Showing posts from October, 2016

The Mysterious Taylor’s Power Law – Part I

Interesting statistical properties of population dispersion emerge from the simulations of the Zoomer model (search Archive), which represents the population level variant of my Multi-scaled random walk model (MRW). The Zoomer model seems to offer a potential to cast new light on a particular scaling pattern, Taylor’s power law (Taylor 1961, 1986), which has been a nagging stone in the shoe for population ecology for more than 50 years. Taylor’s power law is one of the most widely tested empirical patterns in ecology and is the subject of an estimated thousand papers (Eisler et al. 2008)!

Despite this effort, a consensus to explain it has still not been obtained (Kendal and Jørgensen 2011). The scale-free pattern has been observed far beyond animal populations:

Taylor’s law is remarkable in that it is evident over the scale of a single chromosome (Kendal 2003, 2004) to the lungs of mice (Kendal and frost 1987), a farmer’s field (Kendal 2002), and upward to the breadth of the British …

A Statistical-Mechanical Perspective on Site Fidelity – Part VI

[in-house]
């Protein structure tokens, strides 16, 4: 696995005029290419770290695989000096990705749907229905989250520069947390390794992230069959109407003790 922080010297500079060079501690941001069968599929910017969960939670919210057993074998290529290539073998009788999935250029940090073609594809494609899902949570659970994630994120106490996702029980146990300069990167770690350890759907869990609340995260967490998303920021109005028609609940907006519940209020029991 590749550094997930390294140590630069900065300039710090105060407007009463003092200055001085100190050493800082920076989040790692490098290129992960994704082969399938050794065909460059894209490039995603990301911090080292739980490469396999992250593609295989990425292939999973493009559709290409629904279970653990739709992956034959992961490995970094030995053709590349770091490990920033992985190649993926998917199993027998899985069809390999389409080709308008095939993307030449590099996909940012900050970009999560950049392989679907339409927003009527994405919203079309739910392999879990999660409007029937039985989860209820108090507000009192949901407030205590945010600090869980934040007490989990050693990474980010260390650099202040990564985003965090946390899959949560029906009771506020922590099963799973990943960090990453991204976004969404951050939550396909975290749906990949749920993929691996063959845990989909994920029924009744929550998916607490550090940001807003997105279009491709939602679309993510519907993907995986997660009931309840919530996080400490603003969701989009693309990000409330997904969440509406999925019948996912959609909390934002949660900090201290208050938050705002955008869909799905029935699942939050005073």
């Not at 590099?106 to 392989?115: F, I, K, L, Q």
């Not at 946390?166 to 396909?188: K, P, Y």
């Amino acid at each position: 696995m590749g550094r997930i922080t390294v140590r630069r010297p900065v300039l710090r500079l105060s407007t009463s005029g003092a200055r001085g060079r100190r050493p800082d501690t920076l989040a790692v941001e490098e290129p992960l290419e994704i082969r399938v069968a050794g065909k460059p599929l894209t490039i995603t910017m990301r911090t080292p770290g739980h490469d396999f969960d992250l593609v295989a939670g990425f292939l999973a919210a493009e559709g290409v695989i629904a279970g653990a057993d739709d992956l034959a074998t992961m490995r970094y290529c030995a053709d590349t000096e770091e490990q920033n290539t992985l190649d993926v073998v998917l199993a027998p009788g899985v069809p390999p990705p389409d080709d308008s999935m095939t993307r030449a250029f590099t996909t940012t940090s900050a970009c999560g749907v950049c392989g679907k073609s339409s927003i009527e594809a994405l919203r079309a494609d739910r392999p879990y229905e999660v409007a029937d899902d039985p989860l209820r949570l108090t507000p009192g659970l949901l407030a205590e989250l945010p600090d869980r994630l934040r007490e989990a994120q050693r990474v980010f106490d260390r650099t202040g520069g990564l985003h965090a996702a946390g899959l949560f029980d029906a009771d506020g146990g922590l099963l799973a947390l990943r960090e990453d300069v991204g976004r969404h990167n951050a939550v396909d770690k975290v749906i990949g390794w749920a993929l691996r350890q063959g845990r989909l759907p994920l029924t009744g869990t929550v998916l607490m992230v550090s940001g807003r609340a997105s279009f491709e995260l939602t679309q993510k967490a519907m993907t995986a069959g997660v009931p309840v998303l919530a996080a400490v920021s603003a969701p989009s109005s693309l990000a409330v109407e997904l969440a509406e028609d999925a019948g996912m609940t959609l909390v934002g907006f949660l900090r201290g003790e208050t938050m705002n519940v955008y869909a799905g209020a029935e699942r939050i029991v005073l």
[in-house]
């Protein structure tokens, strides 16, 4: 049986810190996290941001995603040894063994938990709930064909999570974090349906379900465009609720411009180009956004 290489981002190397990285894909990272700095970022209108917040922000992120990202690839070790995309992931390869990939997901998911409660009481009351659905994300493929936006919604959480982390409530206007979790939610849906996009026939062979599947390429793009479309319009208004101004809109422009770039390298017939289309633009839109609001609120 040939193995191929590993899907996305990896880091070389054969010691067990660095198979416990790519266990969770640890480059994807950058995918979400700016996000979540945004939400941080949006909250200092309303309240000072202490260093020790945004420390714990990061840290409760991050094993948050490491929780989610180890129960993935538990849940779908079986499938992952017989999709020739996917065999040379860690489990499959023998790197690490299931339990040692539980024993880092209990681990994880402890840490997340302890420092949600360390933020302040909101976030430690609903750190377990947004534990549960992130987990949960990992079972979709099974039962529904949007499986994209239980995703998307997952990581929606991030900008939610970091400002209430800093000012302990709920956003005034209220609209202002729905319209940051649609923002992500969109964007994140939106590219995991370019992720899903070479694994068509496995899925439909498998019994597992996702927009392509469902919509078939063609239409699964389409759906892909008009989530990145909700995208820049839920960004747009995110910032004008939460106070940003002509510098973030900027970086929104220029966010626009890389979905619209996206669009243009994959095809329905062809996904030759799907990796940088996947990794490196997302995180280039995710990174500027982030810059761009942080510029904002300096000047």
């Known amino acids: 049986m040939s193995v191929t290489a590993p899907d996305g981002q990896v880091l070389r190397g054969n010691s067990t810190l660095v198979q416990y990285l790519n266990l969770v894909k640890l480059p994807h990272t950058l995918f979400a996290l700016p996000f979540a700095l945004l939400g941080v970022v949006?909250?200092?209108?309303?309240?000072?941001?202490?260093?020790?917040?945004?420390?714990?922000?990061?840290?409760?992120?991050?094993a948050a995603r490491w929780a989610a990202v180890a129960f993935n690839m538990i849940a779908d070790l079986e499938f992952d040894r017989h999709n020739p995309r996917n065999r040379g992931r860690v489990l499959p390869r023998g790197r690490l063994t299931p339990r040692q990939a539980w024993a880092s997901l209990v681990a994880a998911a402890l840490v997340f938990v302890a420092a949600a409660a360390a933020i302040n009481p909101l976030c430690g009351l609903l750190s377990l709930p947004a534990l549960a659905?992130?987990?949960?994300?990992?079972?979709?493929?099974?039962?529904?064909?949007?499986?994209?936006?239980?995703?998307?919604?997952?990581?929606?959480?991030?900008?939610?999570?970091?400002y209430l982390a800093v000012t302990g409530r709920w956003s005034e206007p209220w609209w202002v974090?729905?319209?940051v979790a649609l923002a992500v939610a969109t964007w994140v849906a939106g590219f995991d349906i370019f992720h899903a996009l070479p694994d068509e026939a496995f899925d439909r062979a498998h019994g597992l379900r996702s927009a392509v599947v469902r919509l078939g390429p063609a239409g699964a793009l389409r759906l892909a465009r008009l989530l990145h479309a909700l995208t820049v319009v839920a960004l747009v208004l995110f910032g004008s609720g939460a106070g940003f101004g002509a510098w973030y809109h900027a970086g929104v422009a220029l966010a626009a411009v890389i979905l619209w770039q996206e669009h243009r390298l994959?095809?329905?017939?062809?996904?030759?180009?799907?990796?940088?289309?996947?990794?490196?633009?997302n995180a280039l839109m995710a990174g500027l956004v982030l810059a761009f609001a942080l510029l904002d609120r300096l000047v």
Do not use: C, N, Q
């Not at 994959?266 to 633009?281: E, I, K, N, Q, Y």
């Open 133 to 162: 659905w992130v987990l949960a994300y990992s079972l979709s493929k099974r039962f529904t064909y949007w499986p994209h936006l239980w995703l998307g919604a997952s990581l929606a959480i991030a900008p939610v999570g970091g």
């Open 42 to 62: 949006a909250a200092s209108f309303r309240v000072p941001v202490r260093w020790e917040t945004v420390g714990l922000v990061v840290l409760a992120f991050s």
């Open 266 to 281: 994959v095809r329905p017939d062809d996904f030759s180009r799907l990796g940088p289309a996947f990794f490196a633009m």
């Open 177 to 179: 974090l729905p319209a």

In Part III of this group of posts I described how to estimate an animal’s characteristic scale of space use, CSSU, by zooming over a range of pixel resolutions until “focus” is achieved according to the Home range ghost function I(N)=c√N. This pixel size regards the balancing point where observed inward contraction of entropy equals outward expansion of entropy, as sample size of fixes N is changed. If the power exponent satisfies 0.5 [i.e., square root expansion of I(N)], the MRW theory states that the animal – in statistical terms – had put equal weight into habitat utilization over the actual scale range of space use. In Part V I explained two new statistical-mechanical concepts, micro-and macrostates of a system, but in the context of the classical framework. In this follow-up post I’m approaching the behaviour of these key properties under the condition of complex space use, both at the “balancing scale” CSSU and by zooming over its surrounding range of scales. In other words, w…